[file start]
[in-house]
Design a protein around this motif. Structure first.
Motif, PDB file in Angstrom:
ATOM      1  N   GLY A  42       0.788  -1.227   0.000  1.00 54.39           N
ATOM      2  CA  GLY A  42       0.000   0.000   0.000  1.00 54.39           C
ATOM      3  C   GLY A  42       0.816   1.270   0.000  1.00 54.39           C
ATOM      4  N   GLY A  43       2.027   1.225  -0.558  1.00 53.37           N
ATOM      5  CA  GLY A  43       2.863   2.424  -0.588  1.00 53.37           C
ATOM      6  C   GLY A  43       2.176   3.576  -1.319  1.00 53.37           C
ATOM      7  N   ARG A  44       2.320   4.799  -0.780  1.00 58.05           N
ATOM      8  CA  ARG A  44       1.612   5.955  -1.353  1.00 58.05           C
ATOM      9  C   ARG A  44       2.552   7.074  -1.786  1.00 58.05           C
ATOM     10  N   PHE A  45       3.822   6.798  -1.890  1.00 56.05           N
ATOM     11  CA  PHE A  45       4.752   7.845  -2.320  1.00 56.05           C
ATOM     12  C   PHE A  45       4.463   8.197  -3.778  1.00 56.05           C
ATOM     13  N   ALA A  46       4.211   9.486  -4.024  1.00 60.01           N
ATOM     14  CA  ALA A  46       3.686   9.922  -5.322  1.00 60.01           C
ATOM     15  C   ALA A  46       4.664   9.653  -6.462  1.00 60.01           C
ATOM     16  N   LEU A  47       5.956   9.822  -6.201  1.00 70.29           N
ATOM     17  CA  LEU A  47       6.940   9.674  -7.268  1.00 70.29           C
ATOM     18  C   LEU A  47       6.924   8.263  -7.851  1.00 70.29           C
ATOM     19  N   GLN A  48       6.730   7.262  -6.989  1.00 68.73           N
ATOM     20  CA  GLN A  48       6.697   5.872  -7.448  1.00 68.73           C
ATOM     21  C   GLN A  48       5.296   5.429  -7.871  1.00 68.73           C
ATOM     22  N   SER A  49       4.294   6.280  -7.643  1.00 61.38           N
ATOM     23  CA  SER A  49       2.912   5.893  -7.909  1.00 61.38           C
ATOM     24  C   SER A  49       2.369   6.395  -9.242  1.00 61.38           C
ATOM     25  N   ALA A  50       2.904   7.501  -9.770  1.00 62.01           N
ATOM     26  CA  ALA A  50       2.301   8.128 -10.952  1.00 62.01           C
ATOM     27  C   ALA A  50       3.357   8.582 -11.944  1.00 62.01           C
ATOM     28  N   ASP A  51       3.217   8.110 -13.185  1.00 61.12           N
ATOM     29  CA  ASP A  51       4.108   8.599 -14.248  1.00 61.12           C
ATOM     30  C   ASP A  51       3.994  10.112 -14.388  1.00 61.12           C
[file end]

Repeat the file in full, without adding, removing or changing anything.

[in-house]
Design a protein around this motif. Structure first.
Motif, PDB file in Angstrom:
ATOM      1  N   GLY A  42       0.788  -1.227   0.000  1.00 54.39           N
ATOM      2  CA  GLY A  42       0.000   0.000   0.000  1.00 54.39           C
ATOM      3  C   GLY A  42       0.816   1.270   0.000  1.00 54.39           C
ATOM      4  N   GLY A  43       2.027   1.225  -0.558  1.00 53.37           N
ATOM      5  CA  GLY A  43       2.863   2.424  -0.588  1.00 53.37           C
ATOM      6  C   GLY A  43       2.176   3.576  -1.319  1.00 53.37           C
ATOM      7  N   ARG A  44       2.320   4.799  -0.780  1.00 58.05           N
ATOM      8  CA  ARG A  44       1.612   5.955  -1.353  1.00 58.05           C
ATOM      9  C   ARG A  44       2.552   7.074  -1.786  1.00 58.05           C
ATOM     10  N   PHE A  45       3.822   6.798  -1.890  1.00 56.05           N
ATOM     11  CA  PHE A  45       4.752   7.845  -2.320  1.00 56.05           C
ATOM     12  C   PHE A  45       4.463   8.197  -3.778  1.00 56.05           C
ATOM     13  N   ALA A  46       4.211   9.486  -4.024  1.00 60.01           N
ATOM     14  CA  ALA A  46       3.686   9.922  -5.322  1.00 60.01           C
ATOM     15  C   ALA A  46       4.664   9.653  -6.462  1.00 60.01           C
ATOM     16  N   LEU A  47       5.956   9.822  -6.201  1.00 70.29           N
ATOM     17  CA  LEU A  47       6.940   9.674  -7.268  1.00 70.29           C
ATOM     18  C   LEU A  47       6.924   8.263  -7.851  1.00 70.29           C
ATOM     19  N   GLN A  48       6.730   7.262  -6.989  1.00 68.73           N
ATOM     20  CA  GLN A  48       6.697   5.872  -7.448  1.00 68.73           C
ATOM     21  C   GLN A  48       5.296   5.429  -7.871  1.00 68.73           C
ATOM     22  N   SER A  49       4.294   6.280  -7.643  1.00 61.38           N
ATOM     23  CA  SER A  49       2.912   5.893  -7.909  1.00 61.38           C
ATOM     24  C   SER A  49       2.369   6.395  -9.242  1.00 61.38           C
ATOM     25  N   ALA A  50       2.904   7.501  -9.770  1.00 62.01           N
ATOM     26  CA  ALA A  50       2.301   8.128 -10.952  1.00 62.01           C
ATOM     27  C   ALA A  50       3.357   8.582 -11.944  1.00 62.01           C
ATOM     28  N   ASP A  51       3.217   8.110 -13.185  1.00 61.12           N
ATOM     29  CA  ASP A  51       4.108   8.599 -14.248  1.00 61.12           C
ATOM     30  C   ASP A  51       3.994  10.112 -14.388  1.00 61.12           C